IndyStar columnist Tim Swarens spent more than a year investigating a lucrative business where abused children are bought and sold. USA TODAY
Speaker Paul Ryan states that, “We must end sex trafficking in the United States. So much trafficking starts with deceit, exploitation, and recruitment on the internet.”
The United States continues to be both a source and destination country for human trafficking victims.
In towns and cities across the richest nation on earth, people are forced to perform jobs against their will. They work in agriculture, manufacturing and many other industries, including the sex trade. Sometimes they are hidden in plain sight: in the fields picking fruits and vegetables or working on construction sites.
“The general public does not have a real awareness of the magnitude of the problem,” says Barry Koch, a former assistant district attorney in New York County, now with his own consulting firm. “Whether it’s labor trafficking or sex trafficking, the number of victims is staggering, yet many of them remain hidden in plain sight. After drug dealing, trafficking of humans is tied with arms dealing as the second largest criminal industry in the world, and is the fastest growing. Raising public awareness is an important element in the fight against human trafficking.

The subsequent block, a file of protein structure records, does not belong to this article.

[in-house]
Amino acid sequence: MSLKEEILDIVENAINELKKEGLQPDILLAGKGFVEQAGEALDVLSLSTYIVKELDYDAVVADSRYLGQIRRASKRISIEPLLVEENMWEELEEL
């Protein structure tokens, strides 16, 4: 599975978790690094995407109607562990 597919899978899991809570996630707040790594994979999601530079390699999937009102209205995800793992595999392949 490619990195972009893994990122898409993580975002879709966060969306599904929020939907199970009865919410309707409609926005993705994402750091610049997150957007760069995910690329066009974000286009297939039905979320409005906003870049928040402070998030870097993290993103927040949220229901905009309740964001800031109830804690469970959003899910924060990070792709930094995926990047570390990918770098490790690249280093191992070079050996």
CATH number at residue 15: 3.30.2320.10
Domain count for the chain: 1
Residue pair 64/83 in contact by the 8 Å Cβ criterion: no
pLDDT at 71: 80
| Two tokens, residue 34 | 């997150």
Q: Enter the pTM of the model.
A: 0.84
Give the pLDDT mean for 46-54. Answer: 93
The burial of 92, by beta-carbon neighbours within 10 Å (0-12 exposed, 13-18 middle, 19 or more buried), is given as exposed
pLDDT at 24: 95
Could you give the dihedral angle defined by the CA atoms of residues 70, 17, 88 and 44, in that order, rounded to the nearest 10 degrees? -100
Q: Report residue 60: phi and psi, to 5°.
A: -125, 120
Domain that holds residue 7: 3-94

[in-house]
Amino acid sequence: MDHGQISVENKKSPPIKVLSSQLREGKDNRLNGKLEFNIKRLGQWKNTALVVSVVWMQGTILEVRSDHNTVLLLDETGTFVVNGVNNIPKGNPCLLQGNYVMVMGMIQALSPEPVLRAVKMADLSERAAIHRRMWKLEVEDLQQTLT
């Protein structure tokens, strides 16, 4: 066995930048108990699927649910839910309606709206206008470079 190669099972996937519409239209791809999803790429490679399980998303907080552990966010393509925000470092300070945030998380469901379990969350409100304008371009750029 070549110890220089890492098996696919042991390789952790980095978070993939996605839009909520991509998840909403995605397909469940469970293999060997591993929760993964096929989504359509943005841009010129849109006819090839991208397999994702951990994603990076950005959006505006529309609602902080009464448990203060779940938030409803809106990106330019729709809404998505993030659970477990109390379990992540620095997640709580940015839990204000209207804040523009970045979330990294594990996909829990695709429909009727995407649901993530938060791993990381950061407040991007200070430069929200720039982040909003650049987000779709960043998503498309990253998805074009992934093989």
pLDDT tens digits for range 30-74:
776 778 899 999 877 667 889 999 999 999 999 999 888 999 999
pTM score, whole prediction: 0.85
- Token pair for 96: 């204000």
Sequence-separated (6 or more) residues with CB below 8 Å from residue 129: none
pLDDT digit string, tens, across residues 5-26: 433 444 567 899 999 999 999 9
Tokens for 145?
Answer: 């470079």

Despite global efforts and petitions from humanitarian groups, there are still many major companies around the world that employ child labour in order to make a profit. With overhead costs and an increasingly competitive market to think of, many major companies turn to young labourers in order to get their products made quickly, and incredibly cheaply. With business on their minds, however, these companies fail to recognise the humanitarian implications that their choices have.
After an intensive investigation, the Toronto Star exposes the Game in Ontario. In this Canadian city, girls experience extreme abuse, including being starved until a minimum income is met through selling sex that night.